The year before we had splurged, as most do, buying a bicycle for my daughter. We had not spent nearly as much this year. I constantly reminded myself as I shopped around for bargains and thought twice about each expenditure that expense was not an indicator of love. I hope my daughter realizes the effort that went in choosing presents that were right for her. That the presents from her parents transmit not only our love but our values: love of reading (there are two books), nationalism (one book is a local publication), egalitarianism (through our support of her interest in both princesses and dinosaurs and in no way suggesting the latter is supposed to be a "boy" thing).
Santa's presents, though, are not intended in this manner. These are the fun, frivolous items we indulged in. It's not like either of our kids needs an animal hat. My daughter certainly doesn't need a nice new markers when she still has a lot of grubby old ones. Nor does she need a pair of socks that look like ballet slippers, or the berry push pop that I mysteriously found among my groceries once. They do not fit in with the values of indulging in worthwhile pastimes, avoiding excess and eschewing junk food that we preach. That is why Mommy and Daddy are not giving them to her, Santa is.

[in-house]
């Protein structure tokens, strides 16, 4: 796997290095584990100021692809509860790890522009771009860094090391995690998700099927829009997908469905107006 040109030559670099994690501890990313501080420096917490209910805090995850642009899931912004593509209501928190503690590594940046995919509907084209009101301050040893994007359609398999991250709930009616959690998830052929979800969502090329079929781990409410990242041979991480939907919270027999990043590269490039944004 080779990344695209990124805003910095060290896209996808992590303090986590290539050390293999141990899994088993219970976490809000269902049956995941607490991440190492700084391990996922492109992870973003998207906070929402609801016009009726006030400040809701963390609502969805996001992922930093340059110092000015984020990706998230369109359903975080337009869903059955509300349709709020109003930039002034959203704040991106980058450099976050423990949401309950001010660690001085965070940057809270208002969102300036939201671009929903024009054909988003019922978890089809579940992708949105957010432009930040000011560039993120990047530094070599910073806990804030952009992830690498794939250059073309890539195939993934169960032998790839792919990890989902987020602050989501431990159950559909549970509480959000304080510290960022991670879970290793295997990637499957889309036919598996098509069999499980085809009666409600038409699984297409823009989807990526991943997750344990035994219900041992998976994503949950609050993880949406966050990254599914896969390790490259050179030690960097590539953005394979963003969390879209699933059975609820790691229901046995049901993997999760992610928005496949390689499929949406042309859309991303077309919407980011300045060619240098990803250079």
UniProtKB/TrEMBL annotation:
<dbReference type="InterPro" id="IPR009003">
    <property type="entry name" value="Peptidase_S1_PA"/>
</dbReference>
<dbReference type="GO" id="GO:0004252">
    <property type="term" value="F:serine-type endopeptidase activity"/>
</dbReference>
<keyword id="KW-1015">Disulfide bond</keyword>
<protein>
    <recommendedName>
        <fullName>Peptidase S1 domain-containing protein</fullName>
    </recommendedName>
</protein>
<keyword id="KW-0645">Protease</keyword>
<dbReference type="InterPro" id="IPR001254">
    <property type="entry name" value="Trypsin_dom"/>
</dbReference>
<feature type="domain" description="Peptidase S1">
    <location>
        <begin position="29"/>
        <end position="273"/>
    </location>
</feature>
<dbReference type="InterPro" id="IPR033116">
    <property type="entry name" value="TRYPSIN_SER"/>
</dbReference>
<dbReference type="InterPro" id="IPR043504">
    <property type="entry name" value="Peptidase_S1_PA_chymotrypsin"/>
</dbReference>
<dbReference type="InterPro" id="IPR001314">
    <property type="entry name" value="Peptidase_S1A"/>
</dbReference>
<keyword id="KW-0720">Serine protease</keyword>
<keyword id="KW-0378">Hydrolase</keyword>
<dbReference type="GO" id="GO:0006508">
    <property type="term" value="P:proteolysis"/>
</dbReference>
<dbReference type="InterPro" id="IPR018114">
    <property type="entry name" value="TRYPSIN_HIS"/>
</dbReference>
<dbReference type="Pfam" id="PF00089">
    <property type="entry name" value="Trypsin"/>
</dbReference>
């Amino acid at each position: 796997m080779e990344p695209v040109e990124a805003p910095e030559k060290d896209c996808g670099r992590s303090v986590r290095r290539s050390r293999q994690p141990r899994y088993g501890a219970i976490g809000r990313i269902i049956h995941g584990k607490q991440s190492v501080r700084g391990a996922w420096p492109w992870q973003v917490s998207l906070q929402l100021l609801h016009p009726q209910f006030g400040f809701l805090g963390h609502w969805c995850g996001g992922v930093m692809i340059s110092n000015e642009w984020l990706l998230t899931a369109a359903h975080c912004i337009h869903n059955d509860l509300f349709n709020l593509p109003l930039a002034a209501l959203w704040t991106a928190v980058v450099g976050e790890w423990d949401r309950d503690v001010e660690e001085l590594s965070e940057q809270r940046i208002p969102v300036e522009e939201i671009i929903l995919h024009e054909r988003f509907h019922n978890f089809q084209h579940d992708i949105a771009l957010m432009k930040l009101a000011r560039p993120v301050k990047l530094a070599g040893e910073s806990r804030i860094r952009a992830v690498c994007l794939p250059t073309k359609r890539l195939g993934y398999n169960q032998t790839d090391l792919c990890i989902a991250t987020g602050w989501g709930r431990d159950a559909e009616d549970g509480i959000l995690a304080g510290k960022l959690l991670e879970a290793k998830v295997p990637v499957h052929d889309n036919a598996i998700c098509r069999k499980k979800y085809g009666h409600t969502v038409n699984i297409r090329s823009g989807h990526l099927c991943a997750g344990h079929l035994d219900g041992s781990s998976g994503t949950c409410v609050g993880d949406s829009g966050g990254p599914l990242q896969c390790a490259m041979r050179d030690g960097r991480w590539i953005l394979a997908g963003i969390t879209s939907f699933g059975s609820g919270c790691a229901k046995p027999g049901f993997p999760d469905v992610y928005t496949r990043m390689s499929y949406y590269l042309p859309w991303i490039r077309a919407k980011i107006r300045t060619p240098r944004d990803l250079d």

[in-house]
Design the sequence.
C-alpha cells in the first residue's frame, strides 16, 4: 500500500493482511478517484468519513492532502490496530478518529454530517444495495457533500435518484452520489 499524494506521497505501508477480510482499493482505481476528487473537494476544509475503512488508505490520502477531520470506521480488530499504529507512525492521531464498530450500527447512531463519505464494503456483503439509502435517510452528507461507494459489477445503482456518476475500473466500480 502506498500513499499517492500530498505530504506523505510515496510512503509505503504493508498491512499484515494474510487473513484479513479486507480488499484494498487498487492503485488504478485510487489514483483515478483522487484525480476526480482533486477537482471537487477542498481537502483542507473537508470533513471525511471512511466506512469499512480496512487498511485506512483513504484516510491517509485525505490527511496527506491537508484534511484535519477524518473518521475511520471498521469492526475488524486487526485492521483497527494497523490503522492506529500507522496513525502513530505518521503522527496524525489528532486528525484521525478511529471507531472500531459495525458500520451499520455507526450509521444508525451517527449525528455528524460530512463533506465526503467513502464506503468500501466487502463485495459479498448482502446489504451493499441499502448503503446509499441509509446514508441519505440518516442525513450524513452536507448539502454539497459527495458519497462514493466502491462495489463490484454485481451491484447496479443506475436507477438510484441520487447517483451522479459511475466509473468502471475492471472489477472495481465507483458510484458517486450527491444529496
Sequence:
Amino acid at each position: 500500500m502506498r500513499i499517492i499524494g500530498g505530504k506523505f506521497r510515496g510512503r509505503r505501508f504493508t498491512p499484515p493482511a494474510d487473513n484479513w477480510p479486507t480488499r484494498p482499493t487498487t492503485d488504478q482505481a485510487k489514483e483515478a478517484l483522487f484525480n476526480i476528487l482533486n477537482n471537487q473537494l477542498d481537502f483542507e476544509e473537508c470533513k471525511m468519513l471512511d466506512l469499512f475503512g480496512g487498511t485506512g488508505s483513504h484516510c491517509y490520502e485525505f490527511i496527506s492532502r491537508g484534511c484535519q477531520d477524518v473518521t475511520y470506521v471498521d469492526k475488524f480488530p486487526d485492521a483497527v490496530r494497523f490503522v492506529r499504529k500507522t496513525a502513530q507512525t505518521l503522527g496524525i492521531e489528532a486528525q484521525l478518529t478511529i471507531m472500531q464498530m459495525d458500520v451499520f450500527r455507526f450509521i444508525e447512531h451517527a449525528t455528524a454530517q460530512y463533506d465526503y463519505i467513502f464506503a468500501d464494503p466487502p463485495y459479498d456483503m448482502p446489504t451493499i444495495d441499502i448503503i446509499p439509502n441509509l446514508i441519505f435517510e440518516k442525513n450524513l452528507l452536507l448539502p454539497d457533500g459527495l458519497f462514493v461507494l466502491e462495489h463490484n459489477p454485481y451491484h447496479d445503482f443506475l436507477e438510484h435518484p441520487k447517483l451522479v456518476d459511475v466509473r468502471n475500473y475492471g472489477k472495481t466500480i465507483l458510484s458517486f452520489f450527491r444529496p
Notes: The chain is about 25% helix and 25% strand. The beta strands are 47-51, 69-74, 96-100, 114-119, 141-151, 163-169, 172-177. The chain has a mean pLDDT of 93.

I suspect that Santa was invented so parents could express their love in these two contrasting ways. Parents teach you good values, Santa indulges your dreams, your frivolous longings. We all need both kinds of love to fulfill our need to be accepted fully as we are, every last little aspect of ourselves, however silly. It is because I feel the power and the magic of Santa's role when it is played out properly that I endeavor to nurture my daughter's belief in Santa Clause, though I myself stopped believing in him by her age.
I hope that this holiday season you receive gifts from Santa as well as your family, even if you have to play Santa to yourself a bit. Merry Christmas.